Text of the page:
Home Cosmetic Science Talk Formulating Creating a low visc stable colloidal dispersion of zinc oxide in a oil-in-water emulsion

  • Creating a low visc stable colloidal dispersion of zinc oxide in a oil-in-water emulsion

    Posted by Zink on February 12, 2014 at 3:17 pm

    Hi, first of all happy to be here, this is my first post and I’m looking for some advice and hopefully to share my finding on creating colloidal low viscosity serums, perhaps analogous to liquid spray on sun screens :)

    Create a stable oil in water emulsion where the zinc oxide remains in colloidal form (not settling on the bottom), thin enough to be applied with a dropper. No “shake before use” required.
    Example simplified recipe
    5% Zinc oxide (does micro ionized version work better?)
    5% Vitamin E acetate
    1% Essential oil
    Rest water.
    So what emulsification and thickener system could work to achieve this? Perhaps some combination of Schlerotic Gum and Cetyl + Ceteareth-20? Could polyacrylamide work?

    ChemWizard replied 10 years, 4 months ago 9 Members · 24 Replies
  • 24 Replies
  • shahbaz

    February 13, 2014 at 1:29 pm

    I think Synthalen w400 and Stabylen 30 of 3V can be helpful.

  • OldPerry

    February 13, 2014 at 3:48 pm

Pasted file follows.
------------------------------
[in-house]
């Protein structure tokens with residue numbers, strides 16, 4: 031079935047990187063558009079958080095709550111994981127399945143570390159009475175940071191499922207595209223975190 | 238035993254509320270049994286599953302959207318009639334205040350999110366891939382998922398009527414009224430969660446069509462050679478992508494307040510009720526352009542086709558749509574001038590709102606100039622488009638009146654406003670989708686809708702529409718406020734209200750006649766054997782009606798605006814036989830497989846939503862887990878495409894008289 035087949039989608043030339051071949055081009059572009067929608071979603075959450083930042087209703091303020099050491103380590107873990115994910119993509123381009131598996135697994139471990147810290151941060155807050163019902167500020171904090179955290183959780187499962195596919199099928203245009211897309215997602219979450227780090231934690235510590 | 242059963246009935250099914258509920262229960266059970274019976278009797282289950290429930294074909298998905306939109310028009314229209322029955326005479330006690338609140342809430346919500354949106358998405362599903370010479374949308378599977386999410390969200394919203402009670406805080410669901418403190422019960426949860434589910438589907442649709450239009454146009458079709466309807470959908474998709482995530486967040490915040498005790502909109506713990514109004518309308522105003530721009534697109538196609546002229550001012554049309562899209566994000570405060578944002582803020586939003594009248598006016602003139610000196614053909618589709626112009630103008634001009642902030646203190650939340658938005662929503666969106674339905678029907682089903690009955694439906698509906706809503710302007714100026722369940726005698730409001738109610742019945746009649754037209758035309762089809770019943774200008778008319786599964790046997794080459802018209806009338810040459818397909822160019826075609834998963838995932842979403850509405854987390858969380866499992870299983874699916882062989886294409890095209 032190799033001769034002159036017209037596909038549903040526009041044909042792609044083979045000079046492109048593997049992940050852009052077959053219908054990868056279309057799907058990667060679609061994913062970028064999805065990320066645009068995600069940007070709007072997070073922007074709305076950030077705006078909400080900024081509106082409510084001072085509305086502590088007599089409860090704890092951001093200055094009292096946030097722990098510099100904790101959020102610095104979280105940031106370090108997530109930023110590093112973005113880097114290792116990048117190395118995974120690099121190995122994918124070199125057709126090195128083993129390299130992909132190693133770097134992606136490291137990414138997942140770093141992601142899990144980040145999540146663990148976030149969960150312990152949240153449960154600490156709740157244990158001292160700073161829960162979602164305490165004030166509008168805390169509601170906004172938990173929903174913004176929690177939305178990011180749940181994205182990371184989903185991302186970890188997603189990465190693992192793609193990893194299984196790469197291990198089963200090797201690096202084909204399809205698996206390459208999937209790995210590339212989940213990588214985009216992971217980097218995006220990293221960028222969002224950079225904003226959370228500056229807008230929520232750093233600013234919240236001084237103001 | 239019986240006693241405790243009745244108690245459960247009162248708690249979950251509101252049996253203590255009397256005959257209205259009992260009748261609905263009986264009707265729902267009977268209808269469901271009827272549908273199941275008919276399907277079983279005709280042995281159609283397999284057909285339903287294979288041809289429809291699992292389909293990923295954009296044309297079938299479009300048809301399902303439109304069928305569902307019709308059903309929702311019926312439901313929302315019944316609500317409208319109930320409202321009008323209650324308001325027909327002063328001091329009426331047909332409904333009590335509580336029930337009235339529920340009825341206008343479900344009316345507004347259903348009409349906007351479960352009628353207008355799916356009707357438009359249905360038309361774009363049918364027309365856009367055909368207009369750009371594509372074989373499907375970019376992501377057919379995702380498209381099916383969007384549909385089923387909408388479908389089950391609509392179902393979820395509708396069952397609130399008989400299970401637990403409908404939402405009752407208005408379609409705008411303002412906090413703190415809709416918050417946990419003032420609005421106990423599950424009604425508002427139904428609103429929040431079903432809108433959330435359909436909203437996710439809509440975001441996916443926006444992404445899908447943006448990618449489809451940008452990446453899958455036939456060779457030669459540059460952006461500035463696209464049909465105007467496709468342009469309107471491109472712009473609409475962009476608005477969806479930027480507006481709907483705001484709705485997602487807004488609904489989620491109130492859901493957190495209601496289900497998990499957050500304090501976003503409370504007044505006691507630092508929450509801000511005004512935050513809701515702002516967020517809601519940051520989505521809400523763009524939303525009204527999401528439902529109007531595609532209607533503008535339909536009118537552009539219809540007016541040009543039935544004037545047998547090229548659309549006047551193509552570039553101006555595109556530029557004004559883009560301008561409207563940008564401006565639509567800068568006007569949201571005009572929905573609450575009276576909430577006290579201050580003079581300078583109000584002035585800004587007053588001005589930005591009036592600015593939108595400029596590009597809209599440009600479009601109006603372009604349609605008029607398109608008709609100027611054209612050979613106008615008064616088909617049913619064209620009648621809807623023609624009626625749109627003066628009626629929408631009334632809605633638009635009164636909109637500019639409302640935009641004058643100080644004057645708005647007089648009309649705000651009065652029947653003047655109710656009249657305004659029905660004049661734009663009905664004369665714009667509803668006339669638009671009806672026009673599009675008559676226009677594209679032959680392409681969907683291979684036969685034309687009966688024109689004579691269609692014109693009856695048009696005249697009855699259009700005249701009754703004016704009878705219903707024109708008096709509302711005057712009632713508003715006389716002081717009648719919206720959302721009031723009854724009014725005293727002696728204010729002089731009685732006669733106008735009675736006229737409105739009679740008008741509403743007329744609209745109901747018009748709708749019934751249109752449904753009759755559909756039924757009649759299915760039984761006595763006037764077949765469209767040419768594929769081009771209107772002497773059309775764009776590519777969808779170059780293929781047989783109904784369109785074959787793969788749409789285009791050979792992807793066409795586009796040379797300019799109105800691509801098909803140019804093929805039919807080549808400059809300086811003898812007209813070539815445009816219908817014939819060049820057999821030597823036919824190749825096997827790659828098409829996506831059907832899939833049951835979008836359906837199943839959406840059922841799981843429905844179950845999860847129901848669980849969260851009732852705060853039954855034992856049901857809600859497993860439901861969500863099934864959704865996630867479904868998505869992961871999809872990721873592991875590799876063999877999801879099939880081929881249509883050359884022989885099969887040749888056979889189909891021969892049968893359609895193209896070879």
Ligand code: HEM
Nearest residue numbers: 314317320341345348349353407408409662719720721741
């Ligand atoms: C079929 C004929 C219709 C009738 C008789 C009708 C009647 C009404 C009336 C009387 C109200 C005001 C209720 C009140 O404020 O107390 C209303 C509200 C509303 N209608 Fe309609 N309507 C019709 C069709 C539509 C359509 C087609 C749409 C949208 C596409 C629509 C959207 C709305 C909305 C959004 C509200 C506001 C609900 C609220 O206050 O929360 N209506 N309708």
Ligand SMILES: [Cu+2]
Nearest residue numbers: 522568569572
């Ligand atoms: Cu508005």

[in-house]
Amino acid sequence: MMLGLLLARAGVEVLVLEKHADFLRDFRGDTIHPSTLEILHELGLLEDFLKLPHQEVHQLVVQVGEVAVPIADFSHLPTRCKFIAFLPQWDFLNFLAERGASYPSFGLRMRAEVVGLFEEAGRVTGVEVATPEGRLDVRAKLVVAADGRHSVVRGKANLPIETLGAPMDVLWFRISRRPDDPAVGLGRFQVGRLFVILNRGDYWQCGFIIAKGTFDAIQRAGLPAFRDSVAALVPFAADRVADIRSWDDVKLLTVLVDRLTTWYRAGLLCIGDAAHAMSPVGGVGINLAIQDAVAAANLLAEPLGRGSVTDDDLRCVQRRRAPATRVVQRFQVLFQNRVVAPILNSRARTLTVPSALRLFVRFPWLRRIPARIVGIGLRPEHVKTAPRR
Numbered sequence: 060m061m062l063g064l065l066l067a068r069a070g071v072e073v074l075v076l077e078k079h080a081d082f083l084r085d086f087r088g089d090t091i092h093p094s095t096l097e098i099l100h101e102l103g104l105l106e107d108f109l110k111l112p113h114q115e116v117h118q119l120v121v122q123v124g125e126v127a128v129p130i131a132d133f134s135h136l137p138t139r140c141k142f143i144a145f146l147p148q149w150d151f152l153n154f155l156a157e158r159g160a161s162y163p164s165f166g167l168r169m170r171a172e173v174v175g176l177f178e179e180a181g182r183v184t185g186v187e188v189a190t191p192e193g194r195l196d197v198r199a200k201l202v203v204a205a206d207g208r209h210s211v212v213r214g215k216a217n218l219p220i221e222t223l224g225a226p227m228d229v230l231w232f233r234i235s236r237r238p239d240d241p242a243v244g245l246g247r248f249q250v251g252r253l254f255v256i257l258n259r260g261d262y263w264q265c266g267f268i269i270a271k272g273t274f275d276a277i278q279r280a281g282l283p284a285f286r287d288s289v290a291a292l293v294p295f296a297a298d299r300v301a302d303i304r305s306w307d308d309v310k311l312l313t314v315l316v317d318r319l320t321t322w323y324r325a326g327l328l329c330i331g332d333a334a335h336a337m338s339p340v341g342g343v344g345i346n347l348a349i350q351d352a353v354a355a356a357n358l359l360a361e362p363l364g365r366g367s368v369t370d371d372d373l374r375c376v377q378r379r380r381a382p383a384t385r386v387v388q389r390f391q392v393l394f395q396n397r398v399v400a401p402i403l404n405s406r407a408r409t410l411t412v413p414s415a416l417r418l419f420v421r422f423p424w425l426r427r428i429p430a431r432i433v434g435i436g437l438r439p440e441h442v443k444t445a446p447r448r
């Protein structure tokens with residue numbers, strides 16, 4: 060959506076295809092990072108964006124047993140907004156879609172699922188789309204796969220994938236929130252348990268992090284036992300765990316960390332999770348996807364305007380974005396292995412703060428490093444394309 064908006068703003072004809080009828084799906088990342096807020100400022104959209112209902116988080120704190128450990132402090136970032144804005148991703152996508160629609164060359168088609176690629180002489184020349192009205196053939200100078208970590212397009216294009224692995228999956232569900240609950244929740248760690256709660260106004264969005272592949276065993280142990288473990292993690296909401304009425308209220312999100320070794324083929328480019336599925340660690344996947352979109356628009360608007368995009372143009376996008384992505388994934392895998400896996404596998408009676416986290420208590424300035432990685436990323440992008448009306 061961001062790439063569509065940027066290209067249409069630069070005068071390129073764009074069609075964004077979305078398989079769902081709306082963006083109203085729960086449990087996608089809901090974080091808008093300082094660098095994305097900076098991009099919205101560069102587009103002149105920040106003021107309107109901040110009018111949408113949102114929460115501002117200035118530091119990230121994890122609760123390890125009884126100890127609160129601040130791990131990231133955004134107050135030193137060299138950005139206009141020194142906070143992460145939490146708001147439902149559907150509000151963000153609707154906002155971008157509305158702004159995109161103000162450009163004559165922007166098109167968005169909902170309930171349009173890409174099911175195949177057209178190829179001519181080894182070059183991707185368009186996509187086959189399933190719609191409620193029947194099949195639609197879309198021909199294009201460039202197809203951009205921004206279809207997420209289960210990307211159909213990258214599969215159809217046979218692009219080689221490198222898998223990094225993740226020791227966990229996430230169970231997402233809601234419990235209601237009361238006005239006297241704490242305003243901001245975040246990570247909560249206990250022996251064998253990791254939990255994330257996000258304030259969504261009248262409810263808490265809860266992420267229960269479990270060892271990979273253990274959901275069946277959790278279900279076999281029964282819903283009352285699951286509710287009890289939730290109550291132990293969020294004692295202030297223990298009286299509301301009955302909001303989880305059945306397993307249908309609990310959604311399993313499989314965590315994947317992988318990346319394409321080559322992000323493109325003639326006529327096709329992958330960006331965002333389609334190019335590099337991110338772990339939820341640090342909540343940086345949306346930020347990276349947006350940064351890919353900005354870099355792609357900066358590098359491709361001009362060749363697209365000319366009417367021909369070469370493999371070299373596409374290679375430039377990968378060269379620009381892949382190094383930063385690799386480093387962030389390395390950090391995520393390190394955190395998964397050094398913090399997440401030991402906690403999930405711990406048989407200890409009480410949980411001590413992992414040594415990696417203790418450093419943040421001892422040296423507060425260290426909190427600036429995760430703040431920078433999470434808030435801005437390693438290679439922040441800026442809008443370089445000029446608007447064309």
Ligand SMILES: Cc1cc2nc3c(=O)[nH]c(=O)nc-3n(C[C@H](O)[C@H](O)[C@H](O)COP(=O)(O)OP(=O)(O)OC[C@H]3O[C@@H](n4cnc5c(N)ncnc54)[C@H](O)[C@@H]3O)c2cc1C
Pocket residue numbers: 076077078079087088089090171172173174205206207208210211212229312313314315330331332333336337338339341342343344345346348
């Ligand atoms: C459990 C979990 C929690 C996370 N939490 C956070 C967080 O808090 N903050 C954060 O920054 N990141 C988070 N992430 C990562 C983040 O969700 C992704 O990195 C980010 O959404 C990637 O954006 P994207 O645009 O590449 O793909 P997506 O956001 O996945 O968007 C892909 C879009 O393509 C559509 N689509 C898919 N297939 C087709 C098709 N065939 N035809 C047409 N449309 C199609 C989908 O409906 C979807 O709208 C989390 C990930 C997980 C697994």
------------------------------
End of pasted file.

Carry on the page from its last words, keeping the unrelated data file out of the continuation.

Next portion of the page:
I don’t have an answer to the question but 5% vitmain E acetate?  What is it supposed to do in the formula?

    Carbomer would be a good suspending / thickening system.
  • mikebavington

    February 13, 2014 at 5:56 pm

    Sclerotium Gum at 2% is suppose to stabilize up to 20% oil load. So with your formula being 11% oil solubles and 89% water, Schlerotium Gum should work.

    Here is a link to a supplier from Texas:


    Carbomer, as Perry suggests, is excellent at stabilizing almost anything. There is a product called Pemulen TR-2 -Acrylates/C10-30 alkyl acrylate crosspolymer , which is suitable in stabilizing up to 30% oil load and can be used for sprayable applicaitons - low viscosity formulas. TR-2 is effective at a ph range between 4 - 11. The Personal Formulator, out of the mid-west, distributes it and does not have a minimum order amount.